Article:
The National Trust is encouraging everyone to join the virtual Summer Solstice being organised by English Heritage this year, rather than try to visit either Stonehenge or Avebury, both of which will remain closed due to Government restrictions in place because of Coronavirus.
All National Trust facilities in Avebury will remain closed for the Summer Solstice, which this year falls on the weekend of 20-21 June and the National Trust is asking visitors not to travel to the area.
This decision was made due to the on-going ban on mass gatherings, and the need to maintain social distancing – still the mainstay of measures to combat COVID-19.
The Trust has consulted widely with its partners (English Heritage, Wiltshire Council, the Police, Ambulance services and Avebury Parish Council) in coming to this decision. Jan Tomlin, General Manager for National Trust Wiltshire Landscape, said: “Disappointing as it is, we have to do what is right, and with the ongoing ban on large gatherings, the health and safety of residents, visitors and staff is paramount, we have no choice but to keep our facilities at Avebury closed during this time.”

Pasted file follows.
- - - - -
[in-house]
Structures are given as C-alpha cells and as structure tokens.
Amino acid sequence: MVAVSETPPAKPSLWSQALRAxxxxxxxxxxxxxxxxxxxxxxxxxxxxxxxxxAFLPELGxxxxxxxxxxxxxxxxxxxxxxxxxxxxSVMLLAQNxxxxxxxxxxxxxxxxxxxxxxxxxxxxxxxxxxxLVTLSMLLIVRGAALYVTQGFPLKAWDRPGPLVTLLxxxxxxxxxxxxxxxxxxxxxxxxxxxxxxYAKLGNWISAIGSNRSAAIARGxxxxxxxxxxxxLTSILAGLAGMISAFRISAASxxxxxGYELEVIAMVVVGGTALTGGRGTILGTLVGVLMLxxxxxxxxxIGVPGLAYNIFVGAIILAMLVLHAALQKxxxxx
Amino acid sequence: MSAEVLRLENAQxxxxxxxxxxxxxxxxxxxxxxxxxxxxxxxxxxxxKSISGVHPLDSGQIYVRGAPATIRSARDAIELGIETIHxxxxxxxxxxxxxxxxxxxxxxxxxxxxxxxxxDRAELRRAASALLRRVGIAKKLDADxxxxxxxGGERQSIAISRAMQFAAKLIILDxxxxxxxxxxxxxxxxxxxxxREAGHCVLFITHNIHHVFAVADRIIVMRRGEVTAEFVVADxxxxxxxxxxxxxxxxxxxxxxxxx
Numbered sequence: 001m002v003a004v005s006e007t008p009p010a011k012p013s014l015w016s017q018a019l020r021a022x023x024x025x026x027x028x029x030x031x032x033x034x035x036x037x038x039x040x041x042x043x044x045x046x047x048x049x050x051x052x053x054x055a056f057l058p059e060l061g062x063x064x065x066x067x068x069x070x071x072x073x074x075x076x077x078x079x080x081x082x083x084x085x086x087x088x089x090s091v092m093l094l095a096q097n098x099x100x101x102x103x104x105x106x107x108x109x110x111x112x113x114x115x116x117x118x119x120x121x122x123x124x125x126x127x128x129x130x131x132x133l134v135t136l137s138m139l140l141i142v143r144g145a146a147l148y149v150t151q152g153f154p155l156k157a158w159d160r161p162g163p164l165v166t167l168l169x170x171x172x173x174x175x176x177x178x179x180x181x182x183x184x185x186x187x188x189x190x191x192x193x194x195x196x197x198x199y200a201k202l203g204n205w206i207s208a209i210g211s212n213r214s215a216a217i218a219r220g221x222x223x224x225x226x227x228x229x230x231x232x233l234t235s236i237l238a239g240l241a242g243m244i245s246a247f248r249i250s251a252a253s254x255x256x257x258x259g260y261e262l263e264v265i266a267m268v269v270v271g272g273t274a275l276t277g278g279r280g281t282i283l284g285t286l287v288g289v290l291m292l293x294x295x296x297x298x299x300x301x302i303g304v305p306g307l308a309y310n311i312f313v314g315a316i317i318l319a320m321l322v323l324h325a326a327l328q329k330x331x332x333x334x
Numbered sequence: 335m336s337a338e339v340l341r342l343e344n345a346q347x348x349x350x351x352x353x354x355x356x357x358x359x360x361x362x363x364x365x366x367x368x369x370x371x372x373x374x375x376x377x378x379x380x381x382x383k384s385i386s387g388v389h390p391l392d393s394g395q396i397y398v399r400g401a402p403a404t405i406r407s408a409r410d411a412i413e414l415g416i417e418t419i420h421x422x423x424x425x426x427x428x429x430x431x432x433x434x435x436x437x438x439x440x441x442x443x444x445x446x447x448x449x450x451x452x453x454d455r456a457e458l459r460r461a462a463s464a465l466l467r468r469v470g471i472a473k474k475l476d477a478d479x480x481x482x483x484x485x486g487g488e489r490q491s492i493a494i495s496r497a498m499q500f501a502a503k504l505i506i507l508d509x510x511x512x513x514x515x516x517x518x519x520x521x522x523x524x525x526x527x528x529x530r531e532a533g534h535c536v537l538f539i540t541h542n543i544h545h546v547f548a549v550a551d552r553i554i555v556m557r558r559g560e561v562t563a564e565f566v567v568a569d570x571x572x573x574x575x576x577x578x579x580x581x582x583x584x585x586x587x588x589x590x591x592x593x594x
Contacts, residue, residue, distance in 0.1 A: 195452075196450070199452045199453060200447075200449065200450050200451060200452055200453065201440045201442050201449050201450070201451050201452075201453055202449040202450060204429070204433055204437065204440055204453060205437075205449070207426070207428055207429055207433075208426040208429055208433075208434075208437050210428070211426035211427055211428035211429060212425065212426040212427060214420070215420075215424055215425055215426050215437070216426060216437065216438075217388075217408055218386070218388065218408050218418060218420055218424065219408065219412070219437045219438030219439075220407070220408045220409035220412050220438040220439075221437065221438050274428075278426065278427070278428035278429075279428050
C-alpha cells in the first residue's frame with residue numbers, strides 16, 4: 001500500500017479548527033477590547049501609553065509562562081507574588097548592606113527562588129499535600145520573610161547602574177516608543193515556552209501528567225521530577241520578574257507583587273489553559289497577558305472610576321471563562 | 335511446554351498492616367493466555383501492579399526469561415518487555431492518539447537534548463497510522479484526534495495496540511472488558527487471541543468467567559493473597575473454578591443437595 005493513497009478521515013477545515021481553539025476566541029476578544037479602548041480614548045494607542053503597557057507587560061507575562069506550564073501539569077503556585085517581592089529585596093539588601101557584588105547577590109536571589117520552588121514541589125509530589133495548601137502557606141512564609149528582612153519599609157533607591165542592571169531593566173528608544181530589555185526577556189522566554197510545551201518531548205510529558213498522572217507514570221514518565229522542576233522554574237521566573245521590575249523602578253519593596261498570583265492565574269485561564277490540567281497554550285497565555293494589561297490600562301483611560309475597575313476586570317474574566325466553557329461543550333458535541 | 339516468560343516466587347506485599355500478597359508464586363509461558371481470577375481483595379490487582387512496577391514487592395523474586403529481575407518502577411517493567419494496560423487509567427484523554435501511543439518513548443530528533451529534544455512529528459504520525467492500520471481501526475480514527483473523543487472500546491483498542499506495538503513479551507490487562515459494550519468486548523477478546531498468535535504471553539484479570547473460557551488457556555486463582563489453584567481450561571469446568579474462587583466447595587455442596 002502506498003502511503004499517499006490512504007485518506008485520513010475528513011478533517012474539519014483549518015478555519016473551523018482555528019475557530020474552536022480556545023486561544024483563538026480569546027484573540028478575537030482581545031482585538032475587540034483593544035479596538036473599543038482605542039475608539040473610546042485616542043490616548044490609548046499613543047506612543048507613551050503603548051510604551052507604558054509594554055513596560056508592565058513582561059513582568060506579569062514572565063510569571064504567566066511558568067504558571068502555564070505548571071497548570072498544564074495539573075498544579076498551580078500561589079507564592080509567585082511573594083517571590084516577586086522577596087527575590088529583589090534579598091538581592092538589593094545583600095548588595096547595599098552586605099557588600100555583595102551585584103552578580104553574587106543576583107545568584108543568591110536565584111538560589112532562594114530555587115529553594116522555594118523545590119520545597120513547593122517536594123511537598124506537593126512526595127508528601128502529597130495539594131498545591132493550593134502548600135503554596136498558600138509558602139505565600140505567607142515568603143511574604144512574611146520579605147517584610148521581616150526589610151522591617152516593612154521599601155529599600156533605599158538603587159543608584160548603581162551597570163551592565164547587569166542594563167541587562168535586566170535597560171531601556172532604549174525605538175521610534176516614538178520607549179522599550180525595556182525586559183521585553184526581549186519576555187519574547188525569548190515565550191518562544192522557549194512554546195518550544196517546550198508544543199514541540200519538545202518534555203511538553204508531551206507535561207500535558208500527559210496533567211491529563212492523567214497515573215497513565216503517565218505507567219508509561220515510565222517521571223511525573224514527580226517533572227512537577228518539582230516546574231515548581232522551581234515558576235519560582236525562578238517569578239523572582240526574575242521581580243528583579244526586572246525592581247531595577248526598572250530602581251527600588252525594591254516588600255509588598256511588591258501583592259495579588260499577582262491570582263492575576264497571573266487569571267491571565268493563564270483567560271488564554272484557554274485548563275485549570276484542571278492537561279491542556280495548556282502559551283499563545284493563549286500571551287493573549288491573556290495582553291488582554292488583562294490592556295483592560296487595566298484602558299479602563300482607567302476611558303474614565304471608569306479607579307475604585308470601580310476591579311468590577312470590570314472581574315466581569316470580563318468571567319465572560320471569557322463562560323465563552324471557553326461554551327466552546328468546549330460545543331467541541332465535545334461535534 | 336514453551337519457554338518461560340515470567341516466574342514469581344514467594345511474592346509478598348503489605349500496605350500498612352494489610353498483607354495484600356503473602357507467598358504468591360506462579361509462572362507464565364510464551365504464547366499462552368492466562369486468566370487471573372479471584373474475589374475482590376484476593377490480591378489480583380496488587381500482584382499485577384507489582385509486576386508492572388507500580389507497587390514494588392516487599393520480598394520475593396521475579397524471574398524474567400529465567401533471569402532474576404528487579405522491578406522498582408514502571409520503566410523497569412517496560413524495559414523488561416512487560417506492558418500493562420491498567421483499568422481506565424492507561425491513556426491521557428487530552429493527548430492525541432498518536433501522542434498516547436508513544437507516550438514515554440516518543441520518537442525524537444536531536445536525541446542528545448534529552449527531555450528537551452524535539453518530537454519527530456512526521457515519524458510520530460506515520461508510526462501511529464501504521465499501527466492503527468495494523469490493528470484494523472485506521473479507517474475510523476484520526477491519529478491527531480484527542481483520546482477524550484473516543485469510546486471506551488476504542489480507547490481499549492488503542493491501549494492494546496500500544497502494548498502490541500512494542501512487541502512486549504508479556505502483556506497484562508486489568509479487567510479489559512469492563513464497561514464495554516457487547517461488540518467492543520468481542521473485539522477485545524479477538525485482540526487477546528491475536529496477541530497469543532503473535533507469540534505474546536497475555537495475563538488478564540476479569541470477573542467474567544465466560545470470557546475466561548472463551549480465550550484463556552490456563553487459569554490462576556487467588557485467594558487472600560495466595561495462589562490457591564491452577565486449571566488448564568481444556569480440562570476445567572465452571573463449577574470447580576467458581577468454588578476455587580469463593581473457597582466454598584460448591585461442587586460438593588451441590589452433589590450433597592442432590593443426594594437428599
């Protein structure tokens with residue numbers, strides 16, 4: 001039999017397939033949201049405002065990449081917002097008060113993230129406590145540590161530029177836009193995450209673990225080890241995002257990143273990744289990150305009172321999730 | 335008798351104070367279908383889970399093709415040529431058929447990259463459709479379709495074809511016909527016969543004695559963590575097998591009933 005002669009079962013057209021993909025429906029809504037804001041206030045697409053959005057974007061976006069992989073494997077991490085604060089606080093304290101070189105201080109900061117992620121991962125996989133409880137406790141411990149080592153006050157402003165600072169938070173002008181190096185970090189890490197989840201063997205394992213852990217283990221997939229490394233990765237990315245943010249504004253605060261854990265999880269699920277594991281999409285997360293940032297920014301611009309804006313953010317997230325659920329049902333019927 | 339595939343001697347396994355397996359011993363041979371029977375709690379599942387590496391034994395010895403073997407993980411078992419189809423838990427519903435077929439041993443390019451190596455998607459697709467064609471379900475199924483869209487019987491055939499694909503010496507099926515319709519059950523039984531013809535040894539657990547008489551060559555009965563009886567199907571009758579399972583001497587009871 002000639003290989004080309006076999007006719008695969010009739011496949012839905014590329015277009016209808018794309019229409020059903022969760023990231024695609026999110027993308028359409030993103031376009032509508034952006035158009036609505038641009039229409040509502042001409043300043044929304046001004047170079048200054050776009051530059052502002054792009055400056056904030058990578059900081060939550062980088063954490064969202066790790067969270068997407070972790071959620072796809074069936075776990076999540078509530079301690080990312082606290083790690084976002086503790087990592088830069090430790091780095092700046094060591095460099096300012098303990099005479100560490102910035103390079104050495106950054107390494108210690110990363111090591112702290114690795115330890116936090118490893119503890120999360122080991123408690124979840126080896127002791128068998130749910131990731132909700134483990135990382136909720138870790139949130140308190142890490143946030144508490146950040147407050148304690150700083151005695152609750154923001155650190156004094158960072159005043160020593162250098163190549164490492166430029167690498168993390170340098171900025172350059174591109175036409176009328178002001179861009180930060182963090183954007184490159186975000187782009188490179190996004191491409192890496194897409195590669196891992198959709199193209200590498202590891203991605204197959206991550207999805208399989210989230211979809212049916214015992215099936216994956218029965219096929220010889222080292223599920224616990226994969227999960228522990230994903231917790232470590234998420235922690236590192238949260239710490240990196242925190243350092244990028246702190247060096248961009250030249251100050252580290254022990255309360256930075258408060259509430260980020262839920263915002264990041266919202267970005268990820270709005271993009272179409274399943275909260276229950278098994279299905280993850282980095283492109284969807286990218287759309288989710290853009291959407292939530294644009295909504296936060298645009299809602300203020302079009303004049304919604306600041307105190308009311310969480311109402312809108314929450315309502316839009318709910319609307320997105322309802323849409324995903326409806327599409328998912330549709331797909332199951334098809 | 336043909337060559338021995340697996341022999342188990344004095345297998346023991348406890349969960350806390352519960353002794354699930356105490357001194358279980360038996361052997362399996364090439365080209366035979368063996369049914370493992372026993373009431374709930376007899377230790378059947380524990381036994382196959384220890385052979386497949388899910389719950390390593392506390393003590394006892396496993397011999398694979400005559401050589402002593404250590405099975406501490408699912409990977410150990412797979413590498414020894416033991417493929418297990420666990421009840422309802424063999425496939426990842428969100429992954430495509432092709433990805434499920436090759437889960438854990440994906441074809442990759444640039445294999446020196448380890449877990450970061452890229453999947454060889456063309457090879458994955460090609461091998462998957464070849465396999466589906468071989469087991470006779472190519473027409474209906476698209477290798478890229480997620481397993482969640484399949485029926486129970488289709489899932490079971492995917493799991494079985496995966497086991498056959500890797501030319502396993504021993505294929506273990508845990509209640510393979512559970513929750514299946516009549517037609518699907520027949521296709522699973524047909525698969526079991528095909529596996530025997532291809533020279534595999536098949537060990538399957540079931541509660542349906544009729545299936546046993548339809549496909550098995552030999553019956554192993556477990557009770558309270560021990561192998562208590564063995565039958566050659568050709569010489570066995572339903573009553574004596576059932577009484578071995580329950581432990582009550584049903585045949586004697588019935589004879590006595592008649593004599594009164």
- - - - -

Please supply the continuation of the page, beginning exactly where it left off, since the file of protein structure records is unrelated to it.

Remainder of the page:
The Trust’s campsite, car parks, toilets, restaurant and shop will not be open. The Red Lion public house, Elements of Avebury, and The Henge Shop also remain closed.
Cllr Philip Whitehead, Leader of Wiltshire Council, said: “We know how special the Solstice is for many people, and we’re all disappointed that it can’t go ahead this year due to COVID-19. However, we fully support the decision for the sites to close. It’s important that people don’t attempt to travel to Avebury or Stonehenge to mark the event, as you may be putting the local communities at risk. Other amenities around the sites – including parking facilities, byways, toilets, shops and pubs – will also be closed, so please do not attempt to travel.”
Chair of Avebury Parish Council, Stephen Stacey, echoed that message: “‘Staying alert’ means respecting government advice, especially on social distancing. Avebury is simply not able to accommodate large numbers of visitors for this year’s summer solstice. We look forward to welcoming them in 2021.”
The pagan community are also asking people to respect the restrictions and asking to mark the event from the comfort of their own homes.
Gordon Rimes, Pagan Priest, said: “It’s sad that these exceptional circumstances mean that we are not able to celebrate as normal. So, on this Solstice morning close your eyes, visualise the best sunrise you have ever seen and let’s make sure you and those near to you are well and healthy”.
Stonehenge, managed by English Heritage, is also closed for the Solstice this year. Those who don’t have access to a dawn view from their homes can watch the Summer Solstice sunrise via a live-stream by English Heritage. Information for this can be found at www.nationaltrust.org.uk/avebury.